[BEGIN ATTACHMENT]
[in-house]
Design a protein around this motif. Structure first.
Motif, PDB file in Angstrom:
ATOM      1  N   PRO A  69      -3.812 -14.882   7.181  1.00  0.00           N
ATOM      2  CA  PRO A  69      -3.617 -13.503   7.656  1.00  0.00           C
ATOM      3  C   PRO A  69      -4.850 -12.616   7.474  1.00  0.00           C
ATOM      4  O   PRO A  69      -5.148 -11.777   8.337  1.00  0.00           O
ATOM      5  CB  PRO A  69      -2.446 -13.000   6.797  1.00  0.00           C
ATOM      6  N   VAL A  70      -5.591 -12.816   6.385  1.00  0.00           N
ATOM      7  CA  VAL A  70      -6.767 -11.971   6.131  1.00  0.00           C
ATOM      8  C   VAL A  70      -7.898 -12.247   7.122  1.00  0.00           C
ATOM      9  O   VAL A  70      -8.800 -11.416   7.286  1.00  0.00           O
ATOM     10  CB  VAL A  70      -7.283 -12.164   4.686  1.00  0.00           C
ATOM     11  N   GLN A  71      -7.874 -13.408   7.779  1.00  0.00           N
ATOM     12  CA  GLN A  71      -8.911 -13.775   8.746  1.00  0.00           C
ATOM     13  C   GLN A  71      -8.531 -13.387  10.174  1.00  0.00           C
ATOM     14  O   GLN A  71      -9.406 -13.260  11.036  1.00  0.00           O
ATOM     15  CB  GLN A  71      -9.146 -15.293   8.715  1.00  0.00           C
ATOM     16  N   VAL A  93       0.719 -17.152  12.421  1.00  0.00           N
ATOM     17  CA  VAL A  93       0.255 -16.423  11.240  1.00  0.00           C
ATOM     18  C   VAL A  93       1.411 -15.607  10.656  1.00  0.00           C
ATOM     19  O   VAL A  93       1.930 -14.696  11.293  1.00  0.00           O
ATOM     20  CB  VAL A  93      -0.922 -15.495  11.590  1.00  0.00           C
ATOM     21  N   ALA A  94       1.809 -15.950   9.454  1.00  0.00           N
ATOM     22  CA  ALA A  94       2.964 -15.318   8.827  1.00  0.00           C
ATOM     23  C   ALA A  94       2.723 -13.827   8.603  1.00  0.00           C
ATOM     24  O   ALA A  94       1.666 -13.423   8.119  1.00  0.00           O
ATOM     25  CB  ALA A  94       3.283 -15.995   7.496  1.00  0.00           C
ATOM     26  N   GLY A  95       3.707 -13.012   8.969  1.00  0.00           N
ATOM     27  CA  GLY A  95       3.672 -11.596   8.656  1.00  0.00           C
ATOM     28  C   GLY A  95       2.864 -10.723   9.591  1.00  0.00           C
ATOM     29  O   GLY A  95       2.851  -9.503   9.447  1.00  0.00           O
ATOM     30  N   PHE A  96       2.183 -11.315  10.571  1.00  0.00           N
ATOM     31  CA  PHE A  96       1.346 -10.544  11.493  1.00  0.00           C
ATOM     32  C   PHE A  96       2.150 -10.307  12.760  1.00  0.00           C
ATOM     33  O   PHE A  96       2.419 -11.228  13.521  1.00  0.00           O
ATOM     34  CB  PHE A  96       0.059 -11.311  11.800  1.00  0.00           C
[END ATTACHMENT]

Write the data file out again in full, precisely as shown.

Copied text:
[in-house]
Design a protein around this motif. Structure first.
Motif, PDB file in Angstrom:
ATOM      1  N   PRO A  69      -3.812 -14.882   7.181  1.00  0.00           N
ATOM      2  CA  PRO A  69      -3.617 -13.503   7.656  1.00  0.00           C
ATOM      3  C   PRO A  69      -4.850 -12.616   7.474  1.00  0.00           C
ATOM      4  O   PRO A  69      -5.148 -11.777   8.337  1.00  0.00           O
ATOM      5  CB  PRO A  69      -2.446 -13.000   6.797  1.00  0.00           C
ATOM      6  N   VAL A  70      -5.591 -12.816   6.385  1.00  0.00           N
ATOM      7  CA  VAL A  70      -6.767 -11.971   6.131  1.00  0.00           C
ATOM      8  C   VAL A  70      -7.898 -12.247   7.122  1.00  0.00           C
ATOM      9  O   VAL A  70      -8.800 -11.416   7.286  1.00  0.00           O
ATOM     10  CB  VAL A  70      -7.283 -12.164   4.686  1.00  0.00           C
ATOM     11  N   GLN A  71      -7.874 -13.408   7.779  1.00  0.00           N
ATOM     12  CA  GLN A  71      -8.911 -13.775   8.746  1.00  0.00           C
ATOM     13  C   GLN A  71      -8.531 -13.387  10.174  1.00  0.00           C
ATOM     14  O   GLN A  71      -9.406 -13.260  11.036  1.00  0.00           O
ATOM     15  CB  GLN A  71      -9.146 -15.293   8.715  1.00  0.00           C
ATOM     16  N   VAL A  93       0.719 -17.152  12.421  1.00  0.00           N
ATOM     17  CA  VAL A  93       0.255 -16.423  11.240  1.00  0.00           C
ATOM     18  C   VAL A  93       1.411 -15.607  10.656  1.00  0.00           C
ATOM     19  O   VAL A  93       1.930 -14.696  11.293  1.00  0.00           O
ATOM     20  CB  VAL A  93      -0.922 -15.495  11.590  1.00  0.00           C
ATOM     21  N   ALA A  94       1.809 -15.950   9.454  1.00  0.00           N
ATOM     22  CA  ALA A  94       2.964 -15.318   8.827  1.00  0.00           C
ATOM     23  C   ALA A  94       2.723 -13.827   8.603  1.00  0.00           C
ATOM     24  O   ALA A  94       1.666 -13.423   8.119  1.00  0.00           O
ATOM     25  CB  ALA A  94       3.283 -15.995   7.496  1.00  0.00           C
ATOM     26  N   GLY A  95       3.707 -13.012   8.969  1.00  0.00           N
ATOM     27  CA  GLY A  95       3.672 -11.596   8.656  1.00  0.00           C
ATOM     28  C   GLY A  95       2.864 -10.723   9.591  1.00  0.00           C
ATOM     29  O   GLY A  95       2.851  -9.503   9.447  1.00  0.00           O
ATOM     30  N   PHE A  96       2.183 -11.315  10.571  1.00  0.00           N
ATOM     31  CA  PHE A  96       1.346 -10.544  11.493  1.00  0.00           C
ATOM     32  C   PHE A  96       2.150 -10.307  12.760  1.00  0.00           C
ATOM     33  O   PHE A  96       2.419 -11.228  13.521  1.00  0.00           O
ATOM     34  CB  PHE A  96       0.059 -11.311  11.800  1.00  0.00           C